When you stop putting the needs and happiness of your spouse before you own, you have sunk into selfishness. Continue down this road and you will drive your spouse away. The hour has come for you to start being your best self for your spouse by sowing them respect and kindness.
Respect is the foundation of a healthy marriage. Couples enter into marriage voluntarily because they love each other, but they are individuals with differing needs and wants. As such, each partner in the relationship should be willing to:
- listen to their spouse
- be accepting of their differences
- be patient when requesting something or communicating, and
- respect their personal boundaries.
Respect is revealed in the things we say, the tone of voice we use, our expectations of our partner, and how we listen to our partner. There is no room in a marriage for rude or sarcastic remarks, name calling, criticism, anger or yelling. You do not seek to tear down someone you love. You need to treat your partner gently, tenderly, and protectively. Love is fragile and when someone close to you treats you harshly, that love is crushed.
Communication is essential for achieving respect in your marriage. The better you communicate, the better you can restore and maintain marital respect. Begin a conversation with praise and softly lead into the issue you want to discuss. State how you feel about an issue rather than accuse our partner of a behavior. Your aim is to keep the conversation positive and non-defensive so that it does not escalate to anger. Remember that you are talking to someone you love.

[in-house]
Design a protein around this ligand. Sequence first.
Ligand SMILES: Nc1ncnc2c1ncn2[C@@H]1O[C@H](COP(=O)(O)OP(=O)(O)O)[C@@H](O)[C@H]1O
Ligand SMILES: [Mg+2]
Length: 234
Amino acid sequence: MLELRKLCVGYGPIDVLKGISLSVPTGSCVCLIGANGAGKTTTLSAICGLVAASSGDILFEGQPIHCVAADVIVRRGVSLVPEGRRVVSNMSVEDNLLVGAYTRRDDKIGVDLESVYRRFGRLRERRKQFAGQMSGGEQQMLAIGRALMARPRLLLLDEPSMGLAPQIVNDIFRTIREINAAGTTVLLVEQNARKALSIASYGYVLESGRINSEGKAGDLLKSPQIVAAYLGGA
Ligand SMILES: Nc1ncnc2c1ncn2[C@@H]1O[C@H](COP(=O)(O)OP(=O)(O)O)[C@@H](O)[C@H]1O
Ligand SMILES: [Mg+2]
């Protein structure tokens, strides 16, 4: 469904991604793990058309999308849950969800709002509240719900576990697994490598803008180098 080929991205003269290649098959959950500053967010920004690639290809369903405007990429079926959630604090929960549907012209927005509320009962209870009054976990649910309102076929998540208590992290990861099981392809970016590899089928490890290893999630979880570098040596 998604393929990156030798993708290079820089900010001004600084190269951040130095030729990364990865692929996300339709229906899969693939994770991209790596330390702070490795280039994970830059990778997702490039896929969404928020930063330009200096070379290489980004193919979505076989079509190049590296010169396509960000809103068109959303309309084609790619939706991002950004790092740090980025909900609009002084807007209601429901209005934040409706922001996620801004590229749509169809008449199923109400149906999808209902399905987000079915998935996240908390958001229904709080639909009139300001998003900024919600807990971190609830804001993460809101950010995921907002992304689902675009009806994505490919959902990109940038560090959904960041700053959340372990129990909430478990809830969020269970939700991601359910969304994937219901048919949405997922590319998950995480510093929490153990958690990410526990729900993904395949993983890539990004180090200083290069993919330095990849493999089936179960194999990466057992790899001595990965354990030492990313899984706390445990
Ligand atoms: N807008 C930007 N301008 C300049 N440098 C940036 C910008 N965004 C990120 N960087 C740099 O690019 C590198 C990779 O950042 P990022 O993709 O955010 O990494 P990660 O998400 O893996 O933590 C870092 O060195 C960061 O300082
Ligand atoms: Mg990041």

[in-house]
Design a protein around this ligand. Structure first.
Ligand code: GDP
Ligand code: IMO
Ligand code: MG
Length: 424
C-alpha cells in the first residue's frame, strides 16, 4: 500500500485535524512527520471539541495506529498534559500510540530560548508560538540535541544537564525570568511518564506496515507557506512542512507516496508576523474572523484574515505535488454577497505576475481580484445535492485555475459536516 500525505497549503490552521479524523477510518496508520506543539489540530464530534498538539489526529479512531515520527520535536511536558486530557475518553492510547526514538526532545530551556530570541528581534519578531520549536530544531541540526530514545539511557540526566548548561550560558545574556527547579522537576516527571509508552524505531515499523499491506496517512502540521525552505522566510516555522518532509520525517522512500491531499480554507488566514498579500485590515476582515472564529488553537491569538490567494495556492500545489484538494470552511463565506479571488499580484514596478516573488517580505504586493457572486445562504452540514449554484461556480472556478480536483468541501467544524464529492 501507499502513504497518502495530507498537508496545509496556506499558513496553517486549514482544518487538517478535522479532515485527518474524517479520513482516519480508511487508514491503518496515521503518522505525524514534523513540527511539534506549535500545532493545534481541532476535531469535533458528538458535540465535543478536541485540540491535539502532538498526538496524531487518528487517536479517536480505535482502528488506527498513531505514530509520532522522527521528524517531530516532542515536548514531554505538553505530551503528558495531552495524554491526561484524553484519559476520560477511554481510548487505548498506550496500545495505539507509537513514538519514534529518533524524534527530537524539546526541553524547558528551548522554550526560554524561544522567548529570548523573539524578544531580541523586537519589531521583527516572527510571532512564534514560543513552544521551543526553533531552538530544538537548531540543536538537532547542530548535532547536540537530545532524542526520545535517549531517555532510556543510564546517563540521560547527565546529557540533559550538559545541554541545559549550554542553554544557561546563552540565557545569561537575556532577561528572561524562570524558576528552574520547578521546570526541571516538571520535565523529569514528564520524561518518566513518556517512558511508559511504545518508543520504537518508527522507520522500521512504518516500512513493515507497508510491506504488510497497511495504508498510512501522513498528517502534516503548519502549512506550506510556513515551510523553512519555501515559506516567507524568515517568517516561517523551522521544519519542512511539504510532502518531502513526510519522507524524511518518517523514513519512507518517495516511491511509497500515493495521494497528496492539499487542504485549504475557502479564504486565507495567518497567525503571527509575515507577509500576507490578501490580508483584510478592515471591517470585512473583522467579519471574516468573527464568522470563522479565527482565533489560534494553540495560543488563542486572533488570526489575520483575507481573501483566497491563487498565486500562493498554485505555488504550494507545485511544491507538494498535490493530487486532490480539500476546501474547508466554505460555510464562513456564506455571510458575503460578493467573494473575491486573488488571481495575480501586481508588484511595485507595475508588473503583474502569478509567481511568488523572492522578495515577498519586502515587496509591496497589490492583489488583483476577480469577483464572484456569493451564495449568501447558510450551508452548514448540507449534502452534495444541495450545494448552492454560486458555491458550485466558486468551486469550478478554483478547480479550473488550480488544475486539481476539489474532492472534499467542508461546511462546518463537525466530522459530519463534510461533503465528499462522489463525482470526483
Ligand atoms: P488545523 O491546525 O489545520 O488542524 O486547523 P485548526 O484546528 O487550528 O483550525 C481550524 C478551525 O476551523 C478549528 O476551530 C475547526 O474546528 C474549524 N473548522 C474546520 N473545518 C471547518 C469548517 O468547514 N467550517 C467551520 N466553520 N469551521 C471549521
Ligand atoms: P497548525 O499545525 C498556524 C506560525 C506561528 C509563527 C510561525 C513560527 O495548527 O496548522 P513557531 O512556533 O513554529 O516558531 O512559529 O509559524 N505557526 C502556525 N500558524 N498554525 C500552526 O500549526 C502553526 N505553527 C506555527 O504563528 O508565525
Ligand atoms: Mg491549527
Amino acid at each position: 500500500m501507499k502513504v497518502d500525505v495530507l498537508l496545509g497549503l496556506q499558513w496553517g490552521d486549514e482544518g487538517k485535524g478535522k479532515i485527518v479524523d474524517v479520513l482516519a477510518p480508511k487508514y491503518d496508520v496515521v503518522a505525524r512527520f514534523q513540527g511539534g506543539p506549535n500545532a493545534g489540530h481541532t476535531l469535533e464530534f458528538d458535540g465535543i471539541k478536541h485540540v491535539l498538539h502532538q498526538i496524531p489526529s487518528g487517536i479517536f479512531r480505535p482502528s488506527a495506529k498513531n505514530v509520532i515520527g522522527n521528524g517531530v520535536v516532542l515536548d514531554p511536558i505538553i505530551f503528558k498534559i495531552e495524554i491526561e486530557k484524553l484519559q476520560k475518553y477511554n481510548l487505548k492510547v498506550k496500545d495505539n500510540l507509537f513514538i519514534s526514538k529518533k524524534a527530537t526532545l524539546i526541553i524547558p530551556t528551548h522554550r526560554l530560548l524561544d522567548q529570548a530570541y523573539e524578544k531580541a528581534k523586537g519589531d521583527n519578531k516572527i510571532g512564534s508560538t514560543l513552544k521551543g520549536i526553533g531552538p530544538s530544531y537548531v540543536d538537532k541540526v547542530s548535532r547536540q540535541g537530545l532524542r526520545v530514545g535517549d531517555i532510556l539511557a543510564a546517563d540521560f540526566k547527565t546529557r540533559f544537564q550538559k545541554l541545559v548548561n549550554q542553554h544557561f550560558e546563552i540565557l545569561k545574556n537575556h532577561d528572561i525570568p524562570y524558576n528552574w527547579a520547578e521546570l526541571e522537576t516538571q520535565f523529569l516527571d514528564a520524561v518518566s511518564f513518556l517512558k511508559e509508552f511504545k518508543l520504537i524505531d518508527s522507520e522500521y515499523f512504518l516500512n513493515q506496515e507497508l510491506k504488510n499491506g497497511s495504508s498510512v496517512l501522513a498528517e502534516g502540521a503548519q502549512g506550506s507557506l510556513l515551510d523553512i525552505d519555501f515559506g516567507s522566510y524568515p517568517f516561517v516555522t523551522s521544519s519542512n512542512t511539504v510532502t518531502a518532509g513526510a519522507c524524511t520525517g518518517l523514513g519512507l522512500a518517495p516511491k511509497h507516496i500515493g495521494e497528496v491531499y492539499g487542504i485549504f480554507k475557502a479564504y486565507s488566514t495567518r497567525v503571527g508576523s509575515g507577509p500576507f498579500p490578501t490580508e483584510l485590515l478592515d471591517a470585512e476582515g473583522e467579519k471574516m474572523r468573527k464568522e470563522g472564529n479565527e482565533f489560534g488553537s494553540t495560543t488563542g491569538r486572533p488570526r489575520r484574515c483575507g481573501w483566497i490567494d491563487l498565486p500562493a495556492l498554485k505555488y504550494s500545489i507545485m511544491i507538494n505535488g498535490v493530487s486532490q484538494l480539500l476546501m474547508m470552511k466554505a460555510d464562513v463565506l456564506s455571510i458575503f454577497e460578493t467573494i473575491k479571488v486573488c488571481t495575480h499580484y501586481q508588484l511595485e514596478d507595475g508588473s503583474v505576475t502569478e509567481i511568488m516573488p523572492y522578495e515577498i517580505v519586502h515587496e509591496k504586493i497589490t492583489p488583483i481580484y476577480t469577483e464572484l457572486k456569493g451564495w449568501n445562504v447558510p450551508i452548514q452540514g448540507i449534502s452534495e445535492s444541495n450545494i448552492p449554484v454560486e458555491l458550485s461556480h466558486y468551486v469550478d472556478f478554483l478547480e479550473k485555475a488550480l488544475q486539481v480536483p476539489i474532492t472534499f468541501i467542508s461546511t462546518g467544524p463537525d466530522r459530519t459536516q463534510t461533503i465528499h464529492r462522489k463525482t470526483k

Don’t look for a reason to be kind; just be that way. Kindness is shown in a thousand ways, such as texting encouraging words, being a builder, having a shoulder to cry on, always finding the good, smiling, finding ways to serve your spouse, hugging your spouse, and thinking of them before you think of yourself.
It takes effort to be kind. You have to focus on the positive things about our spouse and tune out the negative. Both partners in a marriage are imperfect. Picking apart our partner for their differences does nothing to bring you closer together.
A small kind gesture or word may be just what your partner needs to face a harsh, unforgiving world. Be gentle, patient, forgiving, and positive with your spouse.
- A kiss on the check before work
- Keeping dinner warm in the oven when your spouse has to work late
- Forgiving your spouse when they forgot to take out the trash, or Encouraging our spouse with a “knock ‘em dead” before a big presentation makes a positive difference in their day that they will remember.
Respecting your spouse and treating them with kindness are two things that cost very little but can build a healthy, happy marriage.